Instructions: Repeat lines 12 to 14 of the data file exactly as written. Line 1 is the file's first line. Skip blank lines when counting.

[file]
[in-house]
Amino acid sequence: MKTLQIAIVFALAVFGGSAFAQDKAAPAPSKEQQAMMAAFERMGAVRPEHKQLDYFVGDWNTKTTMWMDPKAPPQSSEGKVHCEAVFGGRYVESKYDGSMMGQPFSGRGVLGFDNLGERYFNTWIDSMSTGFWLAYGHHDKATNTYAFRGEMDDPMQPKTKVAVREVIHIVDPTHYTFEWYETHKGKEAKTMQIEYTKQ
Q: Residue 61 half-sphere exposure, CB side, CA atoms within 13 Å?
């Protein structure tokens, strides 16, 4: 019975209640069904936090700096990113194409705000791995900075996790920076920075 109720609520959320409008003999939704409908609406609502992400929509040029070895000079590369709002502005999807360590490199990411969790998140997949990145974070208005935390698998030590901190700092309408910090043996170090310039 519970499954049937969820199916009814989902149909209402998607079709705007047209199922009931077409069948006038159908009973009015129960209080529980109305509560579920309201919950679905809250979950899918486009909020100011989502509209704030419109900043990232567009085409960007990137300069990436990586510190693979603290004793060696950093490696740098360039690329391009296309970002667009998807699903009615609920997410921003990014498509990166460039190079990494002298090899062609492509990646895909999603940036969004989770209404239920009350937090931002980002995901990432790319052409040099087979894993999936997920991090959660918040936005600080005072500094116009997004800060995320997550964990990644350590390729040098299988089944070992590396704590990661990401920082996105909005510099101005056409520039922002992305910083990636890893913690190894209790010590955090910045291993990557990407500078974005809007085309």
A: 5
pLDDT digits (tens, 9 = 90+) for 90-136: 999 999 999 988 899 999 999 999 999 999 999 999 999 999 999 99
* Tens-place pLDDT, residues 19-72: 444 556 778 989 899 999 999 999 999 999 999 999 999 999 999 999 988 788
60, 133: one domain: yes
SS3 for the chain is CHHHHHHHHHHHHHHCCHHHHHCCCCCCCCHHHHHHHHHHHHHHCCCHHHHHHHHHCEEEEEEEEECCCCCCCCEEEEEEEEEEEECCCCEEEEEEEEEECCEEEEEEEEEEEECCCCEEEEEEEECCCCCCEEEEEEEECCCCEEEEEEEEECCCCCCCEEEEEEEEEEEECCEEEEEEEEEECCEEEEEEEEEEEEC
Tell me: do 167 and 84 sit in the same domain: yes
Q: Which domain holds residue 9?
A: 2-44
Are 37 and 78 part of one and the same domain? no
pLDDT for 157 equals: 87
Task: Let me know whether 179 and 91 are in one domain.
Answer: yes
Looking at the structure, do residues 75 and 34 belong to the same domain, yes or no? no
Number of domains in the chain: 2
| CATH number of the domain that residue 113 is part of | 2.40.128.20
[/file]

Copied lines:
A: 2-44
Are 37 and 78 part of one and the same domain? no
pLDDT for 157 equals: 87